1.  # of primary articulators involved in the syllable

2.  oral/nasal patterns

•   MPT also modified rate:  faster as P progressed; slower if needed to be insure a high rate of  success. (See Fig 2, p. 83.)

GOAL ATTACK STRATEGY:  vertical

 

MAJOR COMPONENTS: 

 

MPT

•  included rhythm/rate control that is computer mediated.

•  P’s task:  to match production of the targeted utterance to prescribed rhythm

•  Steps in acoustic stimulation cueing natural rhythm:

1.  P and C are seated in front of a computer.

2.  Clinician familiarizes P with the target sentences:

a.  C reads the target sentence aloud several times.

b.  P listens to the acoustic pacing signals several times.

c.  C directs P to

•  use acoustic signals as a guide and not to attempt exact synchrony

•  avoid focusing on articulation

•  attempt to be fluent

3.  P hears prerecorded acoustic signals representing the natural rhythm of a specific sentence.

4.  P produces the target sentence using the pacing rhythm.  C records P’s attempt.

5.  P and C review the production.  C provides feedback about fluency and rate derived from visual representation of acoustic properties.  Although C provides feedback about fluency and rate; C does not provide feedback about articulatory accuracy.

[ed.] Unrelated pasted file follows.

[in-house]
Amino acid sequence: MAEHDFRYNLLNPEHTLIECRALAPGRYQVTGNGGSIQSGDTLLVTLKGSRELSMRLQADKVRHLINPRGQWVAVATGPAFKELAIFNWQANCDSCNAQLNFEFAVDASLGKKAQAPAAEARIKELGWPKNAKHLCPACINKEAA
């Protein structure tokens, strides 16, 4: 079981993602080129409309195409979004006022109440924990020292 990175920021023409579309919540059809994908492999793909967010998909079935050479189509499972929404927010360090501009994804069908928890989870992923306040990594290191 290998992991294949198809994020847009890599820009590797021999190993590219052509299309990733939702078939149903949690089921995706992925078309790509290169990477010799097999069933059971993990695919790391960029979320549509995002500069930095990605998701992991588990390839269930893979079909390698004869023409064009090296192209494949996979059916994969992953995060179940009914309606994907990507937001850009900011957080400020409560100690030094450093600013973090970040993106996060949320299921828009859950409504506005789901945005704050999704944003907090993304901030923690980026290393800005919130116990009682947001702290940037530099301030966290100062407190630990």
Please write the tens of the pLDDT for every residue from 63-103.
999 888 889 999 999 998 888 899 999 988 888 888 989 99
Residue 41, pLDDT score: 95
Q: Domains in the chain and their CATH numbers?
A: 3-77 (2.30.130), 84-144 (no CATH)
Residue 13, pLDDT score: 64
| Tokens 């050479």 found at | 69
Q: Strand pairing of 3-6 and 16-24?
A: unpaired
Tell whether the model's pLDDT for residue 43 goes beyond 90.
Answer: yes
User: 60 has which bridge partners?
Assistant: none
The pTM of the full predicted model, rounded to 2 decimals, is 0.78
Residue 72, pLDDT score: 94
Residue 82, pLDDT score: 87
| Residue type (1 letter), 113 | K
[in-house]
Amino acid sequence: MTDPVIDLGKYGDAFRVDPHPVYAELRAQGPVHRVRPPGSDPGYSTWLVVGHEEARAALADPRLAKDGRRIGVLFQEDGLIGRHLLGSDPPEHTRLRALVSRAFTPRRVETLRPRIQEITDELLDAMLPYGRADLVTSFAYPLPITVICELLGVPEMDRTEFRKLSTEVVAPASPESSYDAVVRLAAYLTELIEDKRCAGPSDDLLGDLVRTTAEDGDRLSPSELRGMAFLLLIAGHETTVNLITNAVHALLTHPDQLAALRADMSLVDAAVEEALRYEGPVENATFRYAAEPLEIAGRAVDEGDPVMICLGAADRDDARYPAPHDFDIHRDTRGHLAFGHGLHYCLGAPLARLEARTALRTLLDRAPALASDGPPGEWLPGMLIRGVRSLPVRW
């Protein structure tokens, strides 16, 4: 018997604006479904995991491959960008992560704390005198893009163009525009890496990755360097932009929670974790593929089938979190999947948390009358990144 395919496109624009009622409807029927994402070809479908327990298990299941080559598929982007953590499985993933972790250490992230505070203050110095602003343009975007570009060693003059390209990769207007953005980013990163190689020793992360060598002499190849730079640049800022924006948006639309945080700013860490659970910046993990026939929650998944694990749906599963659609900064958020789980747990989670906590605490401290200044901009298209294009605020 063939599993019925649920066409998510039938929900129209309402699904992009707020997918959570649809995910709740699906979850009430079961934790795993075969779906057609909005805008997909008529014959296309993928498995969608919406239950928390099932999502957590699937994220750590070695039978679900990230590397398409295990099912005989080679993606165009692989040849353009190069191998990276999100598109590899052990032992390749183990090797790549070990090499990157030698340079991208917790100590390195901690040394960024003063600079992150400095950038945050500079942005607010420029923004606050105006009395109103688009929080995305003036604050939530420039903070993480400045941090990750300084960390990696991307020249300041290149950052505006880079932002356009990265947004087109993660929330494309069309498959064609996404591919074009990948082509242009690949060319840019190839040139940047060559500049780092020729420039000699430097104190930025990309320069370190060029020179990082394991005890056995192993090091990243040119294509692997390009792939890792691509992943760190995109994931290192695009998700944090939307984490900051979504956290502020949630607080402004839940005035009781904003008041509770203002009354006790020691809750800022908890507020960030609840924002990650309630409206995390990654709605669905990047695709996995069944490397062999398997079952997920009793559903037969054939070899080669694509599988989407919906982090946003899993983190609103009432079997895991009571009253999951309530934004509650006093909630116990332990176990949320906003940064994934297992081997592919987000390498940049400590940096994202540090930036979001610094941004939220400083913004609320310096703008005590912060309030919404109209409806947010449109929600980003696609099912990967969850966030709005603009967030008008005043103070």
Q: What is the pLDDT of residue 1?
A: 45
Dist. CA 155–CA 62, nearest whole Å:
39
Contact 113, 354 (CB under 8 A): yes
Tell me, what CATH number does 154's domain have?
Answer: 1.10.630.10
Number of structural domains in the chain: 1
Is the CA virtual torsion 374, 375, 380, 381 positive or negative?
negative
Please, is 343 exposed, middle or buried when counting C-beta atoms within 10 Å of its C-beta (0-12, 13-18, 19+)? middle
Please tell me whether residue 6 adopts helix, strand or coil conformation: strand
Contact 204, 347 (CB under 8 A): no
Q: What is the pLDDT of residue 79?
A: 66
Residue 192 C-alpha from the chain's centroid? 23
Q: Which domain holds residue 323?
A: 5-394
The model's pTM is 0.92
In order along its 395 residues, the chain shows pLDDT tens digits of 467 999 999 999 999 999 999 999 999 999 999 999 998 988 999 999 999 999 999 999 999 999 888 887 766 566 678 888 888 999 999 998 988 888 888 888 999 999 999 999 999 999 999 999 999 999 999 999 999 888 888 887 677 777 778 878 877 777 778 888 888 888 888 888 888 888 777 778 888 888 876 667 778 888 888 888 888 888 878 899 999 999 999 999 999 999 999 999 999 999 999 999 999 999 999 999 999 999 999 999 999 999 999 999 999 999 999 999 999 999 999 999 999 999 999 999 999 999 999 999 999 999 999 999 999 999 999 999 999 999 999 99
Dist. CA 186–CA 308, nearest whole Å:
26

6.  If necessary. C provides additional feedback and scaffolding such as verbal description, modeling, rhythmic tapping, visual cues, joint P and C production (chorus speaking), and reducing task complexity.  C gradually fades support.

Conventional Intervention

•  C did not provide exercises targeting rate or rhythm.

•  C used traditional therapy techniques such as

–  phonetic placement

–  gestural facilitation

–  integral stimulation

–  minimal pairs

–  word derivation exercises

•  C’s use of therapy techniques and type of stimuli (visual, verbal, tactile)  was individualized for the Ps.

•  Cs administered techniques that were most facilitative for the individual P.